Cost-Effective Sensor Systems for Measuring Extracted Chlorophyll-a Concentration
Chlorophyll-a concentration is one of the most measured metrics in both water quality and plant health monitoring. It is an indicator of algal biomass and provides insight into stressors such as eutrophication and bloom risk. It is also a widely used metric in terrestrial ecosystems as an indicator of photosynthetic activity and nutrient limitation. Most currently used laboratory-based methods for measuring chlorophyll-a exploit spectroscopic techniques and require expensive instrumentation, like spectrophotometer or fluorometer. In addition, the readings are taken inside a black box to avoid optical noise. The purpose of this thesis is to propose a smart, low-cost, and portable sensor system to measure the concentration of chlorophyll-a in an extracted solution. The goals were achieved using two distinct spectral method. The first approach involves two consumer-grade spectral sensors that read the optical reflectance at 12 discrete wavelengths in visible and near-infrared spectra. The system was tuned for an optimal distance from the sensors to the solution and an enclosure was printed to maintain the distance, as well as to avoid natural light interference. Extracted chlorophyll-a solutions of 52 different concentrations were prepared, and at least 5 readings per sample were taken using the proposed smart sensor system. The ground truth values of the samples were measured in the laboratory using Thermo Nano 2000C. After cleaning the anomalous data, different machine learning models were trained to determine the significant wavelengths that contribute most towards chlorophyll-a measurement. Finally, a decision tree model with 5 important features was chosen based on the lowest Root Mean Square and Mean Absolute Error when it was tested on the validation set. The final model resulted in a mean error of ±0.9 μg/L when applied on the test set. The total cost for the device was around CAD 135. For the next approach, a rapid system has been proposed using electric impedance spectroscopy (EIS) to measure the concentration of chlorophyll-a, extracted into 95%(v/v) ethanol. Two electrodes accompanied with a high precision impedance converter from Analog Device was used for the development of the sensor. The system was tuned for a fixed electrode orientation, effective area, electrode to electrode distance and excitation voltage by studying different relevant experiments. The proposed sensor was calibrated using the impedance of 95%(v/v) ethanol. Extracted chlorophyll solutions of 60 different concentrations were prepared. At least 5 readings per sample were taken using the proposed system from 1.5 kHz to 7.5 kHz. Samples were then analyzed using standard methods by a spectrophotometer (Genesys20) from Thermo Scientific. Study of Pearson coefficient, principal component analysis, variance inflation factor and backward elimination were used to identify the significant features for chlorophyll-a measurement using EIS. Finally, a simple linear regression model with 11 important features in the range 2.3kHz to 4.7kHz was chosen based on the lowest Root Mean Square (RMS) and Mean Absolute (MA) Error. The coefficient of determination, R2 of the fitted model was 0.93. MAE for the final proposed model is ±0.904 μgL-1 when applied on the test set.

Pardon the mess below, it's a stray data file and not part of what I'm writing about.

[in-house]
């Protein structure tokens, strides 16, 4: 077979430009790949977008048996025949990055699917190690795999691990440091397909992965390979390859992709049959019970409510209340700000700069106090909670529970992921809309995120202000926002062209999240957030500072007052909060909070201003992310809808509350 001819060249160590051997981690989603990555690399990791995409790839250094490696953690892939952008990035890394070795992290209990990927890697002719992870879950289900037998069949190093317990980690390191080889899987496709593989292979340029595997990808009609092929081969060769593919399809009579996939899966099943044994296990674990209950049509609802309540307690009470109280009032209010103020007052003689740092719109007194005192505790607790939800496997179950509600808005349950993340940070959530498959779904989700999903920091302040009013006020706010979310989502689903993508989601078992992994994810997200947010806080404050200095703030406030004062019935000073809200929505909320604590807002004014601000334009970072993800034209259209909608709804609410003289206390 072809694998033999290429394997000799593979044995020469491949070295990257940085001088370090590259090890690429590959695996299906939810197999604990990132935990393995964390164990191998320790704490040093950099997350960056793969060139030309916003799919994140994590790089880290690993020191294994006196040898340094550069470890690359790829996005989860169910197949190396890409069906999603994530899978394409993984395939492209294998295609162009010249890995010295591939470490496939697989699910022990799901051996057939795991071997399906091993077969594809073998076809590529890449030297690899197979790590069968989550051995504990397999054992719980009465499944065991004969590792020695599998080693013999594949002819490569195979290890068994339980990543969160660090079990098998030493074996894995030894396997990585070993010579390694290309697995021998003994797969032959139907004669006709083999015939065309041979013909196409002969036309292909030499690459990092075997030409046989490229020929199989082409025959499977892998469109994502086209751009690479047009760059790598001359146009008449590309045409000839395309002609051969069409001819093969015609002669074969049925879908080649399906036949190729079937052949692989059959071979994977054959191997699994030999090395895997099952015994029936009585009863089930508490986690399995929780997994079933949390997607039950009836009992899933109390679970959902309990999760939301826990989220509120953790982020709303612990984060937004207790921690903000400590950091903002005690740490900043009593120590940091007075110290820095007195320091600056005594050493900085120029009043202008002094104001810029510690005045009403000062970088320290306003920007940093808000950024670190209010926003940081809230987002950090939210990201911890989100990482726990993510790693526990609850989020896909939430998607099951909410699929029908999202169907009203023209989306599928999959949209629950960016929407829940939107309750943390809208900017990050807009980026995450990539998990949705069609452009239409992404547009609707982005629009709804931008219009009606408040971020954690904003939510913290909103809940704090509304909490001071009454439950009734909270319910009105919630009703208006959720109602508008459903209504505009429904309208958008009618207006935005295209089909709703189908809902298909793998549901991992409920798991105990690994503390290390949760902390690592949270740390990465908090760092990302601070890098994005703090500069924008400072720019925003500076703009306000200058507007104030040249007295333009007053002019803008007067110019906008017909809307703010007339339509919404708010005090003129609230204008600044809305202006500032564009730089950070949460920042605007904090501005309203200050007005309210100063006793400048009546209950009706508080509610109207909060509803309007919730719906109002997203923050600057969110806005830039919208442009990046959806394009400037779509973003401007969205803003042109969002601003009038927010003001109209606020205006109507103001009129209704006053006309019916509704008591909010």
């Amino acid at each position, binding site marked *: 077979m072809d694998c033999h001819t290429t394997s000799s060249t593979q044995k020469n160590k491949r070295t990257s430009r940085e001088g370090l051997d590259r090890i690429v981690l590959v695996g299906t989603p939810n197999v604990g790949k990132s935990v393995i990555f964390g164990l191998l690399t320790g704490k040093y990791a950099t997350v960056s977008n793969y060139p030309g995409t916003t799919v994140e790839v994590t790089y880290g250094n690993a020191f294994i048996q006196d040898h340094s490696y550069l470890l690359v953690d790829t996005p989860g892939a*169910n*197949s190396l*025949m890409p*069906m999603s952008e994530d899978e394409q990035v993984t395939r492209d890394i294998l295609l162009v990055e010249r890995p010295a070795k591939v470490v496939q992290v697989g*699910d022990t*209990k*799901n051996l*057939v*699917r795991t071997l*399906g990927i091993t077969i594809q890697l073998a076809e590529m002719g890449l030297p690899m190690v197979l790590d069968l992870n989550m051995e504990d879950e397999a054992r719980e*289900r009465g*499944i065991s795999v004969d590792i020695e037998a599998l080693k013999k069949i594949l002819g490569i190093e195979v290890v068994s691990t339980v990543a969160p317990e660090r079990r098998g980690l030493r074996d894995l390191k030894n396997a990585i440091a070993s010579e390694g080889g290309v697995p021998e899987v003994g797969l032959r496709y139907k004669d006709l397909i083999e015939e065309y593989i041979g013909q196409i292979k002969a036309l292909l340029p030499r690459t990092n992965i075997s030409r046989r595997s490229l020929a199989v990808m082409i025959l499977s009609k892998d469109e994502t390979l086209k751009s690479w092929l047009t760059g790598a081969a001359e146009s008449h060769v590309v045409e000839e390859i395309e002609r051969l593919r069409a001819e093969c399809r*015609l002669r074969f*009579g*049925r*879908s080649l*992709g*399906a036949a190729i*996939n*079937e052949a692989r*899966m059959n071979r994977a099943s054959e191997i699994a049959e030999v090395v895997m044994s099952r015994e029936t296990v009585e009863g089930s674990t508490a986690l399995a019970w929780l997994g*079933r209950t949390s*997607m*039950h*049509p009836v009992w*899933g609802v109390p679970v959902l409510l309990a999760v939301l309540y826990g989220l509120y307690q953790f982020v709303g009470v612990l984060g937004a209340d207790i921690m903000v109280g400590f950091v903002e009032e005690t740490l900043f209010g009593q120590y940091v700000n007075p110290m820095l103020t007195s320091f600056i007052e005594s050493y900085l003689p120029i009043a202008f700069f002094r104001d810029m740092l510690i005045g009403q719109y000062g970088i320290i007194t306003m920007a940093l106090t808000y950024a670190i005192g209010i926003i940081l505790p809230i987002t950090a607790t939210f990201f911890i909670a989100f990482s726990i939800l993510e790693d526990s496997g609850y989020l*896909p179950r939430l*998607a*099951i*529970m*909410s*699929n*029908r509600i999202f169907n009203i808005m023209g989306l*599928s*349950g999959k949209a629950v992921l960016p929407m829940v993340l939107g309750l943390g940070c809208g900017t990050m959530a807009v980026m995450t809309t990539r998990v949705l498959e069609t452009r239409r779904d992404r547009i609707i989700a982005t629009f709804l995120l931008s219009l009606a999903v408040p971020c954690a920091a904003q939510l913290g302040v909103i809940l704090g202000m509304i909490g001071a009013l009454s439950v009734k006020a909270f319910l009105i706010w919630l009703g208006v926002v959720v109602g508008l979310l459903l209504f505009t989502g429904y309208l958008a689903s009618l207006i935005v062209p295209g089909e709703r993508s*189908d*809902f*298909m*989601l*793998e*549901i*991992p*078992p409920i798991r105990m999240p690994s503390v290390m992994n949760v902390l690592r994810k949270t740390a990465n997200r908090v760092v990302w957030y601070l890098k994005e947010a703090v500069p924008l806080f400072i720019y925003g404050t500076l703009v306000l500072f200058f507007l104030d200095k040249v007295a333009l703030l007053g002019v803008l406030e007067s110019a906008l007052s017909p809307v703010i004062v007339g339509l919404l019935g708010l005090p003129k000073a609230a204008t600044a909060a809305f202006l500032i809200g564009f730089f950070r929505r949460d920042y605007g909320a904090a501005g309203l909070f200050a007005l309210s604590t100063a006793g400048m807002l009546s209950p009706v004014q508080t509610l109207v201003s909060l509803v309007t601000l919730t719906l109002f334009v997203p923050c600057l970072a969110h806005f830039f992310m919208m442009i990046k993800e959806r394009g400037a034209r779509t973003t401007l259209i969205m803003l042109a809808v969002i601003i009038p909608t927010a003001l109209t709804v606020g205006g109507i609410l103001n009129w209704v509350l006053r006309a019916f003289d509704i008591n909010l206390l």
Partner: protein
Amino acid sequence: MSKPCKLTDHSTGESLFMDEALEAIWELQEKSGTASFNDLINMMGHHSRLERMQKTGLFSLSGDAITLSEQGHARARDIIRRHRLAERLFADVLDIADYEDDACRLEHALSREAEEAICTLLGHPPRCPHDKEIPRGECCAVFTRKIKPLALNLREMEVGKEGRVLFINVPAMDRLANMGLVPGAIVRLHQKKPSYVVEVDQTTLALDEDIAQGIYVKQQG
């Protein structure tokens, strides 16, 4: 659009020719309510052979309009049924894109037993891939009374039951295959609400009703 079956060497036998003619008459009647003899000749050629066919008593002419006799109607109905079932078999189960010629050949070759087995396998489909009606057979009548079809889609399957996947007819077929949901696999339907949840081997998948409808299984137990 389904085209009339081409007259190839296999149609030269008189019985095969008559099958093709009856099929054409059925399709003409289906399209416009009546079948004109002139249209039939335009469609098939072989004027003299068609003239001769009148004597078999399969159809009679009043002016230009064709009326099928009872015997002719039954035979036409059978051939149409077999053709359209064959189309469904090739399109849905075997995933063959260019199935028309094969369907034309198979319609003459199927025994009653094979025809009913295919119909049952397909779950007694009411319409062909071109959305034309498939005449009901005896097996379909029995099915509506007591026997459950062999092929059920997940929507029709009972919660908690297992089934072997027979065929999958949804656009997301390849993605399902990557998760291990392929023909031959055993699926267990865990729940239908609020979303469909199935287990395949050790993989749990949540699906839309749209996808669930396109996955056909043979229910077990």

Chlorophyll-a, Electrical impedance spectroscopy, spectroscopy, water quality monitoring, rapid sensor
Master of Science (M.Sc.)
Electrical and Computer Engineering